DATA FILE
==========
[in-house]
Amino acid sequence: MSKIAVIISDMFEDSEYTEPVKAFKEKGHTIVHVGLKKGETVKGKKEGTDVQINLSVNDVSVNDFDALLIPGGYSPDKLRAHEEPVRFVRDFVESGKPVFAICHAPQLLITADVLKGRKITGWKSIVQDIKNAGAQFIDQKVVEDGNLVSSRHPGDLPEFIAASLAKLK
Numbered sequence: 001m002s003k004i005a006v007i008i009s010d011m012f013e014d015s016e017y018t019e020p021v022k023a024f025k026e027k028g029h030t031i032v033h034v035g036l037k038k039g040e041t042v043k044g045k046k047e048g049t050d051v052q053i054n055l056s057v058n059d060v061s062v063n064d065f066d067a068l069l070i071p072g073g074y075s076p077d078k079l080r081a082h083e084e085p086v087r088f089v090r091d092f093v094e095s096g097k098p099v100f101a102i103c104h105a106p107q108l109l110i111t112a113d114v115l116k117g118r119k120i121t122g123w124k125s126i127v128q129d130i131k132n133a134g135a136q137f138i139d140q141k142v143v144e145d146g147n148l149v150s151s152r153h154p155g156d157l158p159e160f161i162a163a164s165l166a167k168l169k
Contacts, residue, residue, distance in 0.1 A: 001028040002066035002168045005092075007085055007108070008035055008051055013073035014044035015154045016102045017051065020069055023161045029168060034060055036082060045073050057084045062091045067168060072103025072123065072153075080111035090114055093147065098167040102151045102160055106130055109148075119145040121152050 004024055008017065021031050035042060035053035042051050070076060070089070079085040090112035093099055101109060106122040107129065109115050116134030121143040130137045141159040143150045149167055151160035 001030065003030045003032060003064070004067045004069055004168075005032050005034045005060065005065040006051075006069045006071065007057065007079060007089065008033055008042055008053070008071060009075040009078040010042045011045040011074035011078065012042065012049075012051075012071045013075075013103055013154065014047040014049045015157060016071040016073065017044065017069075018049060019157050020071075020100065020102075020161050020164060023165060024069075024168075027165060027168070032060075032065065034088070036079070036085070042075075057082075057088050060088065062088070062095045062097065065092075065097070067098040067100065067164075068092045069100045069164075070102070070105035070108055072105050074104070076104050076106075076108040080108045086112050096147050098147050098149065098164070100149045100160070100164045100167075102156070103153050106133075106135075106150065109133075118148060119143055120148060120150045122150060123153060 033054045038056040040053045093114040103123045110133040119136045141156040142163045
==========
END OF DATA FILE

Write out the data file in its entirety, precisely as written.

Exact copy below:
[in-house]
Amino acid sequence: MSKIAVIISDMFEDSEYTEPVKAFKEKGHTIVHVGLKKGETVKGKKEGTDVQINLSVNDVSVNDFDALLIPGGYSPDKLRAHEEPVRFVRDFVESGKPVFAICHAPQLLITADVLKGRKITGWKSIVQDIKNAGAQFIDQKVVEDGNLVSSRHPGDLPEFIAASLAKLK
Numbered sequence: 001m002s003k004i005a006v007i008i009s010d011m012f013e014d015s016e017y018t019e020p021v022k023a024f025k026e027k028g029h030t031i032v033h034v035g036l037k038k039g040e041t042v043k044g045k046k047e048g049t050d051v052q053i054n055l056s057v058n059d060v061s062v063n064d065f066d067a068l069l070i071p072g073g074y075s076p077d078k079l080r081a082h083e084e085p086v087r088f089v090r091d092f093v094e095s096g097k098p099v100f101a102i103c104h105a106p107q108l109l110i111t112a113d114v115l116k117g118r119k120i121t122g123w124k125s126i127v128q129d130i131k132n133a134g135a136q137f138i139d140q141k142v143v144e145d146g147n148l149v150s151s152r153h154p155g156d157l158p159e160f161i162a163a164s165l166a167k168l169k
Contacts, residue, residue, distance in 0.1 A: 001028040002066035002168045005092075007085055007108070008035055008051055013073035014044035015154045016102045017051065020069055023161045029168060034060055036082060045073050057084045062091045067168060072103025072123065072153075080111035090114055093147065098167040102151045102160055106130055109148075119145040121152050 004024055008017065021031050035042060035053035042051050070076060070089070079085040090112035093099055101109060106122040107129065109115050116134030121143040130137045141159040143150045149167055151160035 001030065003030045003032060003064070004067045004069055004168075005032050005034045005060065005065040006051075006069045006071065007057065007079060007089065008033055008042055008053070008071060009075040009078040010042045011045040011074035011078065012042065012049075012051075012071045013075075013103055013154065014047040014049045015157060016071040016073065017044065017069075018049060019157050020071075020100065020102075020161050020164060023165060024069075024168075027165060027168070032060075032065065034088070036079070036085070042075075057082075057088050060088065062088070062095045062097065065092075065097070067098040067100065067164075068092045069100045069164075070102070070105035070108055072105050074104070076104050076106075076108040080108045086112050096147050098147050098149065098164070100149045100160070100164045100167075102156070103153050106133075106135075106150065109133075118148060119143055120148060120150045122150060123153060 033054045038056040040053045093114040103123045110133040119136045141156040142163045